# Difference Between If and Else If?

I was wondering why you would use an `else if` statement, and not multiple `if` statements? For example, what's the difference between doing this:

``````if(i == 0) ...
else if(i == 1) ...
else if(i == 2) ...
``````

And this:

``````if(i == 0) ...
if(i == 1) ...
if(i == 2) ...
``````

They seem to do the exact same thing.

• & mostly you would be using else if statements ... – Raúl Nov 28 '13 at 7:13

``````if(i == 0) ... //if i = 0 this will work and skip the following else-if statements
else if(i == 1) ...//if i not equal to 0 and if i = 1 this will work and skip the following else-if statement
else if(i == 2) ...// if i not equal to 0 or 1 and if i = 2 the statement will execute

if(i == 0) ...//if i = 0 this will work and check the following conditions also
if(i == 1) ...//regardless of the i == 0 check, this if condition is checked
if(i == 2) ...//regardless of the i == 0 and i == 1 check, this if condition is checked
``````

The difference is that if the first `if` is true, all of the other `else if`s won't be executed, even if they do evaluate to true. If they were individual `if`s, nevertheless, all of the `if`s will be executed if they evaluate to true.

If you have used multiple `if` statements then if the condition is `true` all will be executed. If you have used `if` and `else if` combination only one will be executed where first comes the true value

``````// if condition true then all will be executed
if(condition) {
System.out.println("First if executed");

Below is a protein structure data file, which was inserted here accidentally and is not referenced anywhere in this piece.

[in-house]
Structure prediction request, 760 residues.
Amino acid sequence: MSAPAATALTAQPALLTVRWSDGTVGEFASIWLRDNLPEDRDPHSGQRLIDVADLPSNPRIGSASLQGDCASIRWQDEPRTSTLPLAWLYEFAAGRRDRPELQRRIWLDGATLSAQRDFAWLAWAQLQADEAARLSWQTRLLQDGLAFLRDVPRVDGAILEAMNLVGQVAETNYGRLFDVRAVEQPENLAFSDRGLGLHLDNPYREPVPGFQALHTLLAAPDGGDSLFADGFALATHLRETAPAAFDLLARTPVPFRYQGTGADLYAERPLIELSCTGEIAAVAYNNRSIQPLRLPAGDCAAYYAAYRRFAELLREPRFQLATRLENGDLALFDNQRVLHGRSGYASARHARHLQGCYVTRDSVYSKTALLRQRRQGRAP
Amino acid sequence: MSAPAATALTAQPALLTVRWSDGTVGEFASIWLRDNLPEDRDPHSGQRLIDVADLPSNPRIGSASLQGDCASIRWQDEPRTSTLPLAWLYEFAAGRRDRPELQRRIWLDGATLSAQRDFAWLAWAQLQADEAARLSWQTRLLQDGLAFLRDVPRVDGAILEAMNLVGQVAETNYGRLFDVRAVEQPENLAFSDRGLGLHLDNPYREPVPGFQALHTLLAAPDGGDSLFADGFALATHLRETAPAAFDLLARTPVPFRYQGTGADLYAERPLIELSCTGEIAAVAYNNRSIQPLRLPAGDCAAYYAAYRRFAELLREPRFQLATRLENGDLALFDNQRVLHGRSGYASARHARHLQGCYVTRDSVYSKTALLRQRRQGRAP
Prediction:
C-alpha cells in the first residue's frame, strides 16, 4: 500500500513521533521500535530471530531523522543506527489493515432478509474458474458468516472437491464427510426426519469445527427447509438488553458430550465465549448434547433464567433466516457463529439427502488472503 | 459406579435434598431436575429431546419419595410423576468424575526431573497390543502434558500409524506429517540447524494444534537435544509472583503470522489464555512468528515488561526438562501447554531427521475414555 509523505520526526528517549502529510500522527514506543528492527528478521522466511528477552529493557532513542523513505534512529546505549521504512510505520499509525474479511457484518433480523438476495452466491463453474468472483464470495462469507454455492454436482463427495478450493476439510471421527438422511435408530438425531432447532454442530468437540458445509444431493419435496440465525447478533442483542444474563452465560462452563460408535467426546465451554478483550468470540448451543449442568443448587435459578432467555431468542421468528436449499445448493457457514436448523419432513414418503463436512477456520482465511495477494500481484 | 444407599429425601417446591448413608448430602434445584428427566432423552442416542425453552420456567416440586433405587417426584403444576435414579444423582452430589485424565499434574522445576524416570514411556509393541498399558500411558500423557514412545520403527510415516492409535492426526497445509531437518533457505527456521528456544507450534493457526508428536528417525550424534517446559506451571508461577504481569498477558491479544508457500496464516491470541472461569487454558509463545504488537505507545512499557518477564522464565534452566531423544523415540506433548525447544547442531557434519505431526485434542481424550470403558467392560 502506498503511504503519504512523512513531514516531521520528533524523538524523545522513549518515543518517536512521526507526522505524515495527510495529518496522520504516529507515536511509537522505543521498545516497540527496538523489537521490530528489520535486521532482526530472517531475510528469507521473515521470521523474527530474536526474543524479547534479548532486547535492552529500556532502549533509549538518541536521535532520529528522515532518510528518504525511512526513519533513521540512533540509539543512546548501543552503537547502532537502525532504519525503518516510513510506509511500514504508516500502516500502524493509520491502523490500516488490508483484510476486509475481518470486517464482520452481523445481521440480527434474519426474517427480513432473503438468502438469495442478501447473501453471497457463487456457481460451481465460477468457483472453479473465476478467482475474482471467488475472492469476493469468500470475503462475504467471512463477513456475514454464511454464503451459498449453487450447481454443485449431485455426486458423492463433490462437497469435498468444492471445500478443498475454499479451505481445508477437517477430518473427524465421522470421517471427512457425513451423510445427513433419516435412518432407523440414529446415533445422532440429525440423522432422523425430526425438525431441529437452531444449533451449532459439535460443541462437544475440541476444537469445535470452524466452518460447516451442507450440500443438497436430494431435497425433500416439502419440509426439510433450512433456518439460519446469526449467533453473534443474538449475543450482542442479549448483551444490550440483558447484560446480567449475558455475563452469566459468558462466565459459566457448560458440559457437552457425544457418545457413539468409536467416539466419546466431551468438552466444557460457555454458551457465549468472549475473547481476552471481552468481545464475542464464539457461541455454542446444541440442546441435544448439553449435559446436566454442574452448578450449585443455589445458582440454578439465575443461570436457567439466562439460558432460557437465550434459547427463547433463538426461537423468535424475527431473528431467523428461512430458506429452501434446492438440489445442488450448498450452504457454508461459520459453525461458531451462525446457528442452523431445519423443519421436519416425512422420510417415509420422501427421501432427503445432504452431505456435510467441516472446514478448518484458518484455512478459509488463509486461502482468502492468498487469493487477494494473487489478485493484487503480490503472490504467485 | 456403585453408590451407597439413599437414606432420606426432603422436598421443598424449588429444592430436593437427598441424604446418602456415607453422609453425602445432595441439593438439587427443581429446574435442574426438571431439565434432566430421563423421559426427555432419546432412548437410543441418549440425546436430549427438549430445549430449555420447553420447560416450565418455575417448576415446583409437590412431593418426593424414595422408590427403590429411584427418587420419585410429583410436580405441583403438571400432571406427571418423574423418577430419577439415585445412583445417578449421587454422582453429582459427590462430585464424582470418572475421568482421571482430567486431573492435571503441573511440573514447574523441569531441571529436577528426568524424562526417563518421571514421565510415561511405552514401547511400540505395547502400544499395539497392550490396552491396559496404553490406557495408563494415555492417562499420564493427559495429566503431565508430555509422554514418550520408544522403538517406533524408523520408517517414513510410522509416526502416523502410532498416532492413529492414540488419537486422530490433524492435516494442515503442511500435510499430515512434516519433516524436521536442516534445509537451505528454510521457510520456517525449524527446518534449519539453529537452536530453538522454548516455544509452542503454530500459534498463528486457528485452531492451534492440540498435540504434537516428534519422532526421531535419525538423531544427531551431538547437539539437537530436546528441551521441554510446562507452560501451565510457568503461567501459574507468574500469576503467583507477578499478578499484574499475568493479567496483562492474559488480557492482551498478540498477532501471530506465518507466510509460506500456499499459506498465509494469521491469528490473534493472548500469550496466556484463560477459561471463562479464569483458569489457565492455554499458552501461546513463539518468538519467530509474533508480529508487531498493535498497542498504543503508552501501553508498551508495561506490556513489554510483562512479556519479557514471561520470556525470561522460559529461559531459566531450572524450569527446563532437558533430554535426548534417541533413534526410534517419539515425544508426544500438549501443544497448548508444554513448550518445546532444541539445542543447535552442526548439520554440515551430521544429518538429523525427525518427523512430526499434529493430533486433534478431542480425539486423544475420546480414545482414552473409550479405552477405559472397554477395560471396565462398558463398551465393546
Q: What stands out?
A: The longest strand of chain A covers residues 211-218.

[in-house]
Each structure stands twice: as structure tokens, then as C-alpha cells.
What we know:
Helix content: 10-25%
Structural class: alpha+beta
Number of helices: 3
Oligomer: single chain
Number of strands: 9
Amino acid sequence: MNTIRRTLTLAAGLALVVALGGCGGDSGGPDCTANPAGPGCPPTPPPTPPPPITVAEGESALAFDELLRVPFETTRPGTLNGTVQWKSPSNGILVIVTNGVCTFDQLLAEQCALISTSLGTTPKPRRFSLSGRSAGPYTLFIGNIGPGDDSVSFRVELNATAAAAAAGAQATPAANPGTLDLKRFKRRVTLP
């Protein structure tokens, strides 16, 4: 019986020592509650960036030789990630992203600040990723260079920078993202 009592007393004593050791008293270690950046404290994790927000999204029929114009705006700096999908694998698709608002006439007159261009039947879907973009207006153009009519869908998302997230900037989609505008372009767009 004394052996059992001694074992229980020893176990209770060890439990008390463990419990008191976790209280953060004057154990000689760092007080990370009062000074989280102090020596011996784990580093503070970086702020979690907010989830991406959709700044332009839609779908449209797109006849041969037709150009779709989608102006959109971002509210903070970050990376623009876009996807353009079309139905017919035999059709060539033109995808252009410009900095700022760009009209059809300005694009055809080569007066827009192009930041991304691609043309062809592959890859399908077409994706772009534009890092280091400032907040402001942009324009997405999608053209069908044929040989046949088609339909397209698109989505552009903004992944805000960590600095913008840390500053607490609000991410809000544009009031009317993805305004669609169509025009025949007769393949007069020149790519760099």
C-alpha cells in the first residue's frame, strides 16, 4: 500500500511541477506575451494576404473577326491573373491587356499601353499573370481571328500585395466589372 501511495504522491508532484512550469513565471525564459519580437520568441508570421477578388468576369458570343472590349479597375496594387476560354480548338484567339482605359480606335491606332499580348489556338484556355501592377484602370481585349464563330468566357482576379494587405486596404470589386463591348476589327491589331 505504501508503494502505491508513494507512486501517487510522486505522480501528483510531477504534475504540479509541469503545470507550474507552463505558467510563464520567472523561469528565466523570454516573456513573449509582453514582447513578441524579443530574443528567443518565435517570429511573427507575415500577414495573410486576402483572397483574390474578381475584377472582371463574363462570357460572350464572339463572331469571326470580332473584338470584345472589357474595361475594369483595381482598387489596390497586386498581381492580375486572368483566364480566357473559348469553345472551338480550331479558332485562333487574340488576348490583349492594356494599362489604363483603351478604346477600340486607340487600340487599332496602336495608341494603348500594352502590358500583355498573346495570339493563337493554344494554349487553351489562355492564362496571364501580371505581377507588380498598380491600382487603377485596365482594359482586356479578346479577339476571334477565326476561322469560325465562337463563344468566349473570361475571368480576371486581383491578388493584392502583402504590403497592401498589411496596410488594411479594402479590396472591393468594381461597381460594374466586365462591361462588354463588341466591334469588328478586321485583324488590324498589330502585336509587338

}

if(condition) {
System.out.println("Second if executed");
}

if(condition) {
System.out.println("Third if executed");
}

// only one will be executed

if(condition) {
System.out.println("First if else executed");
}

else if(condition) {
System.out.println("Second if else executed");
}

else if(condition) {
System.out.println("Third if else executed");
}
``````

For the first case: once an else if (or the first if) succeeds, none of the remaining else ifs or elses will be tested. However in the second case every if will be tested even if all of them (or one of them) succeeds.

`if` statements check for all multiple available `if` . while `else if` check when `if` statements fails , `if` statement return true it will not check for `else if`.

so it is depend on scenario how your requirement is.

The first example won't necessarily run 3 tests where the 2nd example will given no returns or gotos.

In first case, as soon as an `if` or `else if` condition becomes true, all the "else if" are skipped / not checked.

In the second case, even if value of i is 0, all the following conditions are tested.

So you can infer that, if you are testing for the same variable - which can't have multiple values at a given time, the better option is to use the first approach as it will be optimum.

No they are different. execution will check in every if. i.e.

``````if(true)
executes
if(true)
executes // no matter how many ifs you have
``````

while with if and else if

``````if(true)
executes
else if(true)
// system doesn't checks for this once if gets true
``````

in short only one of any else if ladder will get executed.

• I did know they were different, just wasn't sure exactly what the difference was. Thanks! – sparklyllama Nov 28 '13 at 6:46

See, if you want check all the condition like one, two, three... you second choice is fine, but in many cases you have check only one condition, so you have prevent other conditions not to execute, at that particular case you have to choose your first choice

if : executed only if "condition" is true

elif : executed only if "condition" was false and "other condition" is true